One of the lessons about walking with the Holy Spirit that I have had to learn—and which I have learned very slowly—is that a process almost always accompanies our pursuit of progress. For someone like me who has a very driven personality, I want results… and I want them now. I read about great men and women of God and I want to be like them… and I want to be like them now! What I have had to learn is that the Holy Spirit often works in seasons and stages.
The Word says in 2 Corinthians 3:18, “But we all… are being transformed into the same image from glory to glory, just as by the Spirit of the Lord.” It does not say, “We have already been transformed into glory” or “In one moment we are changed into the full image of Jesus.” There is a movement from one level of glory to the next. Even Jesus had a process! Luke 2:52 says, “And Jesus grew in wisdom and stature, and in favor with God and man.” If Jesus had a maturation process, we should expect one much more! The temptation is to become discouraged when personal transformation doesn’t happen as quickly as we desire, but we have to remember that there’s a process. We must learn to partner with His process, otherwise we’ll find ourselves running uphill. The only way to expedite the process is to embrace it and submit to it.
I want to make a quick clarification before moving on. When I say, “Personal transformation,” I am not talking about sin. Some people attempt to use the reality of a maturation process to justify sin that they refuse to deal with and say they are, “In process.” Now, do believers still sin? Yes, we do. But the Bible is very clear that those who have truly surrendered their life to Christ do not continue in the same sin over and over. 1 John 3:9 says, “No one who is born of God will continue to sin… they cannot go on sinning because they have been born of God.”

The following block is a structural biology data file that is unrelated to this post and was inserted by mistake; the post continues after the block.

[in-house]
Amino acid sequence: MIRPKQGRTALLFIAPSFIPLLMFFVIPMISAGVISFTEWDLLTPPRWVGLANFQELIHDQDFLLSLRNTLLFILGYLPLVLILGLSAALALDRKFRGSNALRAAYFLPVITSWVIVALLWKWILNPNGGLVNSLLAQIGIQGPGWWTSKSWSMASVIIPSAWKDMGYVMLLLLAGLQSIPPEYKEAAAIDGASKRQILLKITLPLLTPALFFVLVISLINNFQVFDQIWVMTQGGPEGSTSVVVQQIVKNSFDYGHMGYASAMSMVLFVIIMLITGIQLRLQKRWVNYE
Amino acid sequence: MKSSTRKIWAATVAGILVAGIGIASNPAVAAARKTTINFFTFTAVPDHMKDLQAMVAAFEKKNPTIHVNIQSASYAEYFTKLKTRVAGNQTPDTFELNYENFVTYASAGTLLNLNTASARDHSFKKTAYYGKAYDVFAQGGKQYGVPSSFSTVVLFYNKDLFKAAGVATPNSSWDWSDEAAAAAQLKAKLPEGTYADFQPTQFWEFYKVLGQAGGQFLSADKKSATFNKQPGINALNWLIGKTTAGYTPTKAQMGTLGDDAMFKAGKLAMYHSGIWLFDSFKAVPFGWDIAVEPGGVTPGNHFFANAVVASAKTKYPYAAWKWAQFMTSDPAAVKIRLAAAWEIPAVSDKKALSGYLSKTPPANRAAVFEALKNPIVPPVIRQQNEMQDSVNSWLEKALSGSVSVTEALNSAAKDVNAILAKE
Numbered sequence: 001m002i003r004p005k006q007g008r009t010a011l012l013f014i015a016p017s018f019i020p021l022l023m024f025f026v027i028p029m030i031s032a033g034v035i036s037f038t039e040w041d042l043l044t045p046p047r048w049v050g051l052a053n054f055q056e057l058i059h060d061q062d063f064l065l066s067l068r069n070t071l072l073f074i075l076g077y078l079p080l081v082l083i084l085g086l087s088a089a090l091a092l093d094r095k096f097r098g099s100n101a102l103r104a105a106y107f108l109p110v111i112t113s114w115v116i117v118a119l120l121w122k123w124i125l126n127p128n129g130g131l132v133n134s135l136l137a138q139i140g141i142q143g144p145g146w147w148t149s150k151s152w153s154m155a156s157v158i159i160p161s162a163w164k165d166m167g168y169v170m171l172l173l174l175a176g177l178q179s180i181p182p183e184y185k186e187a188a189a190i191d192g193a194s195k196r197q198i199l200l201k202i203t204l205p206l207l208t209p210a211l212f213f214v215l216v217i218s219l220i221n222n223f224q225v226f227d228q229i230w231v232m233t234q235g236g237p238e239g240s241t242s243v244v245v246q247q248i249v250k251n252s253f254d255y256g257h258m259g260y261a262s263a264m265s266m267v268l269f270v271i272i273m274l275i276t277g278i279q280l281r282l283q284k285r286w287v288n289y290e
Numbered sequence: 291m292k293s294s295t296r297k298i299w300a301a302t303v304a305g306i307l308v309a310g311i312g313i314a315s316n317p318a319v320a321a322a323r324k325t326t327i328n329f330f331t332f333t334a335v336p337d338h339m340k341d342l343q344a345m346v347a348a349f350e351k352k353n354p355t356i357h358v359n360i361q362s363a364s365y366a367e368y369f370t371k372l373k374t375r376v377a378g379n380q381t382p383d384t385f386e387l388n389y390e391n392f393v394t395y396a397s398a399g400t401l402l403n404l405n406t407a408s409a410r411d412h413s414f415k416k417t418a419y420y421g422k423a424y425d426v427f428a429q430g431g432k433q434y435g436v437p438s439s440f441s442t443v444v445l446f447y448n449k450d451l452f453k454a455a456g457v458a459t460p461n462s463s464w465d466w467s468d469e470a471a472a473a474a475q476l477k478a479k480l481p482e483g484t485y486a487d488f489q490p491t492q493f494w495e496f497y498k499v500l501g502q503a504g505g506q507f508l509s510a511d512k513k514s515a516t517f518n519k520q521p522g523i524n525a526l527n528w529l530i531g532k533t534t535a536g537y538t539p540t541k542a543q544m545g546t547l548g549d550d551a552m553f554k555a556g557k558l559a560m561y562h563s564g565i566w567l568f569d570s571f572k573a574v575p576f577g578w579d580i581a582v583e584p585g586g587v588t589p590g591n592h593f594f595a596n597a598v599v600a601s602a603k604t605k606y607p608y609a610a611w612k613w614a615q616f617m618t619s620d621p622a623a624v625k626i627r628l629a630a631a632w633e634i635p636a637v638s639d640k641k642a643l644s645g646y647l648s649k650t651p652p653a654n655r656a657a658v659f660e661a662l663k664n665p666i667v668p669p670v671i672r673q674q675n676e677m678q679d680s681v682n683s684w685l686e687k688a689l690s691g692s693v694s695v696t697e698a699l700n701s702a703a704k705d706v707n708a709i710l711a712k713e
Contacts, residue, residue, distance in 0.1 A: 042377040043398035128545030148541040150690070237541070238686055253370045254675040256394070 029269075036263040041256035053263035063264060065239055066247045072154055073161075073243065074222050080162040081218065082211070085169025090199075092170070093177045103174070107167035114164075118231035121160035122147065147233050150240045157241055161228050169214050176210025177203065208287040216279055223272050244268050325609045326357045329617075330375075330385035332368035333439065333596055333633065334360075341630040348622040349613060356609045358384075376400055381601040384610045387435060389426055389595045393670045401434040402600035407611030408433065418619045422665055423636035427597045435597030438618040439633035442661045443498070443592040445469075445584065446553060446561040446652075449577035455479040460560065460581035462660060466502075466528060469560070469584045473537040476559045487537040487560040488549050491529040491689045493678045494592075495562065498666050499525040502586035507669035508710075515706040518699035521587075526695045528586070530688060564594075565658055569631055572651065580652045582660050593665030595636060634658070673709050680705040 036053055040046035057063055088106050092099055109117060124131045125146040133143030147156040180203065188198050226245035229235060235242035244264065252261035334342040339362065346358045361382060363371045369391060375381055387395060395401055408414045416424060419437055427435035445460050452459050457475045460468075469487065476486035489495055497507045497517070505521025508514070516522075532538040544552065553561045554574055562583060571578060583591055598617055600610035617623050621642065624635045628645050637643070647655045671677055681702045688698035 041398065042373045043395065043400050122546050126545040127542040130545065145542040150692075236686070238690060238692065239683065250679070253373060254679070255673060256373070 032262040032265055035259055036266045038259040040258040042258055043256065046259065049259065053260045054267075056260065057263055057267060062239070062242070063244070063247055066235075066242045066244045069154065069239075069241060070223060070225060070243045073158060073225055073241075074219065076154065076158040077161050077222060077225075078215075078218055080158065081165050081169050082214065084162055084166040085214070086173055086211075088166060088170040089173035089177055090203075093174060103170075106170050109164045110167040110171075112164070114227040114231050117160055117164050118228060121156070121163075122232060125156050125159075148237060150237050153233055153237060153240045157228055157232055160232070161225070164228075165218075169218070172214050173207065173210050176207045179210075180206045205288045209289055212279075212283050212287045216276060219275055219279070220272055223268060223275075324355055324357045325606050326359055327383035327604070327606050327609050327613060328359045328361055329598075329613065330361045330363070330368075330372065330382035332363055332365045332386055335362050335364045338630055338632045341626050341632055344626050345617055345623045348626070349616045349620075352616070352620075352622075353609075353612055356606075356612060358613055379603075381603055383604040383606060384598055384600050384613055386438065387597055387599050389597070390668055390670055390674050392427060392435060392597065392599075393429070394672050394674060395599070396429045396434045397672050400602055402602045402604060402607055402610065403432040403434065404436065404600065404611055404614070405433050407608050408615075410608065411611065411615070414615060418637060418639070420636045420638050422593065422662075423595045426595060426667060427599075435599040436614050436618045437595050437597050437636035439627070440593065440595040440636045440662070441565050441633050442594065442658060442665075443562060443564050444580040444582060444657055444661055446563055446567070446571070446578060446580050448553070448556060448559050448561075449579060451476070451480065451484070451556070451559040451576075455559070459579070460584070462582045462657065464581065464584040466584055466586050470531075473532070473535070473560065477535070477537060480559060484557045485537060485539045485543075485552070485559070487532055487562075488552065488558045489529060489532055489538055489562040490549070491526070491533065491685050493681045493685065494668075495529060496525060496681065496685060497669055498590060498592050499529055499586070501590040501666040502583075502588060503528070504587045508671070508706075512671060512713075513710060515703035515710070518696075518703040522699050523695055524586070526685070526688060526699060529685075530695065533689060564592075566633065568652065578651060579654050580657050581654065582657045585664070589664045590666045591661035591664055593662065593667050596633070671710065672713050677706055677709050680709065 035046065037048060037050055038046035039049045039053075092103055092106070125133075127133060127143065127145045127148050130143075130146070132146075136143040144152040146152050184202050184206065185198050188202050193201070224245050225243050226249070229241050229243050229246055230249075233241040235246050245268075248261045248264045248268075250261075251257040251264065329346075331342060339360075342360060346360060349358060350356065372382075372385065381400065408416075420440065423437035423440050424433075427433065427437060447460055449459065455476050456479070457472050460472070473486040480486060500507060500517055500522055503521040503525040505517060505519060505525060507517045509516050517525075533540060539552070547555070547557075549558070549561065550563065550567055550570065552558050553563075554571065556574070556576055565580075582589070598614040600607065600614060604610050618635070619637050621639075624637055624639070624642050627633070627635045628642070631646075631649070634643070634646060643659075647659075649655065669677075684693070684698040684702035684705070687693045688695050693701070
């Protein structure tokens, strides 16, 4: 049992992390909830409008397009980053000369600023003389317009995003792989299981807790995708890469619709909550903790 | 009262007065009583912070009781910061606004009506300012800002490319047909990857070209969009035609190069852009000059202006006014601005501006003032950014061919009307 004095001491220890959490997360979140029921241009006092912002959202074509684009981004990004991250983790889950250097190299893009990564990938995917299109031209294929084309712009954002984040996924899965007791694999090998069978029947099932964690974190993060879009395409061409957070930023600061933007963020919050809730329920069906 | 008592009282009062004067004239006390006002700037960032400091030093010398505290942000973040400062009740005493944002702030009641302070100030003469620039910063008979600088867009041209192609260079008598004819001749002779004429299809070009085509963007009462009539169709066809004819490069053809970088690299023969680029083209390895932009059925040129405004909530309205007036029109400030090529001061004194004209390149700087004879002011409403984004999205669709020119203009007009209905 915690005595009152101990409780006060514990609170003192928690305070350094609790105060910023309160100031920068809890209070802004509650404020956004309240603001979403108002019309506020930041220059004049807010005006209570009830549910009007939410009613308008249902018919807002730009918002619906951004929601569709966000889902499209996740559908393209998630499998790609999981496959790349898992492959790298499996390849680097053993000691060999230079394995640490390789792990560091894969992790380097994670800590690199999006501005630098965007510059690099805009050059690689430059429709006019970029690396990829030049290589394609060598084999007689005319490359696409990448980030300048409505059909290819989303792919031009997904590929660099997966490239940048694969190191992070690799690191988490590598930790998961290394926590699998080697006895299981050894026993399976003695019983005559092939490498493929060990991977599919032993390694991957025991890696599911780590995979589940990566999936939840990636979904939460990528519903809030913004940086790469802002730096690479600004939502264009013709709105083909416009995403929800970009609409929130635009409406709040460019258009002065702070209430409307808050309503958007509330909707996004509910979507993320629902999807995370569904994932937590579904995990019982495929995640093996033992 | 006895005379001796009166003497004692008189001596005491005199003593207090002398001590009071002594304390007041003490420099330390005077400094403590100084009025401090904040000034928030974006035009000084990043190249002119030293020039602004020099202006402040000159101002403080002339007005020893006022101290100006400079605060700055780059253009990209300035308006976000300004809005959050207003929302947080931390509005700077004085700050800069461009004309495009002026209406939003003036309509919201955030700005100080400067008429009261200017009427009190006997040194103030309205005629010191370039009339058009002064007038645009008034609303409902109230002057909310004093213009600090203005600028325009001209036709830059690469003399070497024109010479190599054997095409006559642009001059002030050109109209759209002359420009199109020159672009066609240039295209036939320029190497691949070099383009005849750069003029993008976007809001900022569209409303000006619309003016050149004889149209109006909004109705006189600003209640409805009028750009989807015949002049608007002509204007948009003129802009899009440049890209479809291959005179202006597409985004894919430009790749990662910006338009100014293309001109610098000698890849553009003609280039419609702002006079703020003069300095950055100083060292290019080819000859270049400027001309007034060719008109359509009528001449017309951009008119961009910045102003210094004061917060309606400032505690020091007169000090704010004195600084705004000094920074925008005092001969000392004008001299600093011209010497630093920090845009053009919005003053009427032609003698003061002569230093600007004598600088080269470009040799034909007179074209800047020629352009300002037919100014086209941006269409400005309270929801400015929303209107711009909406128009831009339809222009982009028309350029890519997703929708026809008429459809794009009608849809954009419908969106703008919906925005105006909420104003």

Biblical process is in terms of walking with the Holy Spirit and growing in our capacity to see the Kingdom of God come on earth as it is in heaven through our lives. It’s not in reference to sin in our lives. I’m not saying that there isn’t sometimes a process of walking out of a lifestyle of sin, but sin has been dealt with at the Cross, our maturity still requires development. When we come to Christ we die to our sinful nature. When we walk with Christ, we begin to live like Jesus—destroying the works of the devil.
Recently, in regard to this maturation process, there is a recurring thought that I been having. The thought is this: “I don’t just want to act like Jesus, I want to be like Jesus.” Ephesians 4:13 says, “Till we all come… to the measure of the stature of the fullness of Christ.” I don’t want to simply be a Jesus copycat, I want to be like Him.
Isn’t that our goal? Not simply to act like Him, but to be like Him? We all have our WWJD bracelets—which are awesome and are powerful—but I don’t want to simply mimic Jesus’ actions. I want to see what He saw! I want to feel what He felt! It was who Jesus was that caused Him to do what He did. He healed because He was a man who was full of compassion. He went to the lowest of the low because He was full of love and humility. The internal reality of who Jesus was (and who He still is!) caused Him to act.
I believe that God is more concerned with who we are becoming in Him than what we are doing for Him. The truth rings true that we have to be a human being before we become a human doing. When we become something, what we do becomes a natural outflow of who we are. But if what we do is simply the result of behavior modification and not transformation into the image of Christ by the power and leading of the Holy Spirit, it’s just that… behavior modification.
Walking with the Holy Spirit is really about learning to constantly live in response to Him. There are so many times I want to run out ahead of Him, or maybe He has moved on and I want to stay in the same spot, or maybe I have a way I think something should be done so I don’t ask for direction from Him. And then on days when I don’t seem to be hearing Him as clearly as I am used to, learning not to panic or get anxious, but to trust that He is a Good Shepherd and that as one of His sheep, I know His voice. And ultimately, learning to act from who I am and who He is making me into… not who I think I should be.